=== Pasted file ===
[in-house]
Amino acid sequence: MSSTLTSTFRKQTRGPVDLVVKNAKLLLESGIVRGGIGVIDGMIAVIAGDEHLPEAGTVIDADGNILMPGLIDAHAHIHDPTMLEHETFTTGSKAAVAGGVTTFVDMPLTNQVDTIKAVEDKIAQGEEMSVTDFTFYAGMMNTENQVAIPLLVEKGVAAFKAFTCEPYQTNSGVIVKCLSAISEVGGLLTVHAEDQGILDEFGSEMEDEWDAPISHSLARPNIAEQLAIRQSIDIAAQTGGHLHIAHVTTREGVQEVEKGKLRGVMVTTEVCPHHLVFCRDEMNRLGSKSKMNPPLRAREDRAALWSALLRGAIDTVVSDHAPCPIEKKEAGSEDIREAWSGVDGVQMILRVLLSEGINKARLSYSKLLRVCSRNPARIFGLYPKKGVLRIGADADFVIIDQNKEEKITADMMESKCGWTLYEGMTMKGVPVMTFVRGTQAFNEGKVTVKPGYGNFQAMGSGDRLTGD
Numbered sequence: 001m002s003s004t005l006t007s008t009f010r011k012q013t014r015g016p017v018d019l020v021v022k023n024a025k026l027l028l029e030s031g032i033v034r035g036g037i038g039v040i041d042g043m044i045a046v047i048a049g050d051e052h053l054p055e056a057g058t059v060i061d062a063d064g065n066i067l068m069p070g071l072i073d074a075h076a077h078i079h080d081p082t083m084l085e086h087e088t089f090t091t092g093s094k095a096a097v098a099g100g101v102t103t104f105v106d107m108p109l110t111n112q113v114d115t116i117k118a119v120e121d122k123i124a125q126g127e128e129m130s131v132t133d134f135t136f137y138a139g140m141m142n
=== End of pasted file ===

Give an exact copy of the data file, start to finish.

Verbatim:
[in-house]
Amino acid sequence: MSSTLTSTFRKQTRGPVDLVVKNAKLLLESGIVRGGIGVIDGMIAVIAGDEHLPEAGTVIDADGNILMPGLIDAHAHIHDPTMLEHETFTTGSKAAVAGGVTTFVDMPLTNQVDTIKAVEDKIAQGEEMSVTDFTFYAGMMNTENQVAIPLLVEKGVAAFKAFTCEPYQTNSGVIVKCLSAISEVGGLLTVHAEDQGILDEFGSEMEDEWDAPISHSLARPNIAEQLAIRQSIDIAAQTGGHLHIAHVTTREGVQEVEKGKLRGVMVTTEVCPHHLVFCRDEMNRLGSKSKMNPPLRAREDRAALWSALLRGAIDTVVSDHAPCPIEKKEAGSEDIREAWSGVDGVQMILRVLLSEGINKARLSYSKLLRVCSRNPARIFGLYPKKGVLRIGADADFVIIDQNKEEKITADMMESKCGWTLYEGMTMKGVPVMTFVRGTQAFNEGKVTVKPGYGNFQAMGSGDRLTGD
Numbered sequence: 001m002s003s004t005l006t007s008t009f010r011k012q013t014r015g016p017v018d019l020v021v022k023n024a025k026l027l028l029e030s031g032i033v034r035g036g037i038g039v040i041d042g043m044i045a046v047i048a049g050d051e052h053l054p055e056a057g058t059v060i061d062a063d064g065n066i067l068m069p070g071l072i073d074a075h076a077h078i079h080d081p082t083m084l085e086h087e088t089f090t091t092g093s094k095a096a097v098a099g100g101v102t103t104f105v106d107m108p109l110t111n112q113v114d115t116i117k118a119v120e121d122k123i124a125q126g127e128e129m130s131v132t133d134f135t136f137y138a139g140m141m142n